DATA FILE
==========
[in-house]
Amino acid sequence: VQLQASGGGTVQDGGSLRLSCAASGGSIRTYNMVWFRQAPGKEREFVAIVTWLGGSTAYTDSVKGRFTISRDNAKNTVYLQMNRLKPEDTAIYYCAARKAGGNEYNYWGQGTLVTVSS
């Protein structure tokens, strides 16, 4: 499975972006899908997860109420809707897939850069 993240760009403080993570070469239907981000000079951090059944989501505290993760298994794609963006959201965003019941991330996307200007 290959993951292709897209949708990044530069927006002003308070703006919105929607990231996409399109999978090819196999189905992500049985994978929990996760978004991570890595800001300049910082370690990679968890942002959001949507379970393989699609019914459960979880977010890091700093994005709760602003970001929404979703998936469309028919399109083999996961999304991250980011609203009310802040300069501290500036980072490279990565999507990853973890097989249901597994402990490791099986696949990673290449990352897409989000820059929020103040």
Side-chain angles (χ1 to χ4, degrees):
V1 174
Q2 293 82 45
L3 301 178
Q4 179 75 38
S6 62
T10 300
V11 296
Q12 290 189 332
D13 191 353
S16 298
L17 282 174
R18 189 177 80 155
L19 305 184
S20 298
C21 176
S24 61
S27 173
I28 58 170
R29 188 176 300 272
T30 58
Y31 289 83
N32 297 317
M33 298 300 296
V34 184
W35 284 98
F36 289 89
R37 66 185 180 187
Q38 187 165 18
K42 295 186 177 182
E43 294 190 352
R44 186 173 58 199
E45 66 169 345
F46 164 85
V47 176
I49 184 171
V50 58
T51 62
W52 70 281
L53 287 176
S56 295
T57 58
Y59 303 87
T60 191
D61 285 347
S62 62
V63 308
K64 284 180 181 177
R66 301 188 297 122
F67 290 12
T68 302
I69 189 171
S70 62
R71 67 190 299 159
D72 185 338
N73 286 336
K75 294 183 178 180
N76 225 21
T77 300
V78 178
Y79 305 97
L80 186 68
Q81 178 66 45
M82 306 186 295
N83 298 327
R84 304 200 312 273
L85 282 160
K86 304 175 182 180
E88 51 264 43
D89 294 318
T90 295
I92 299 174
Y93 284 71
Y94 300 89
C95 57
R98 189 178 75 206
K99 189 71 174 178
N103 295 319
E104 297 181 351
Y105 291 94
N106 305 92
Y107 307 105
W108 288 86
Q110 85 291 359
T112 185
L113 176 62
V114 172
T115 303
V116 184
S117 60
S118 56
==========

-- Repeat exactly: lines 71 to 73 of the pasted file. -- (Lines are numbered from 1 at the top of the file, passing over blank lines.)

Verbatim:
K86 304 175 182 180
E88 51 264 43
D89 294 318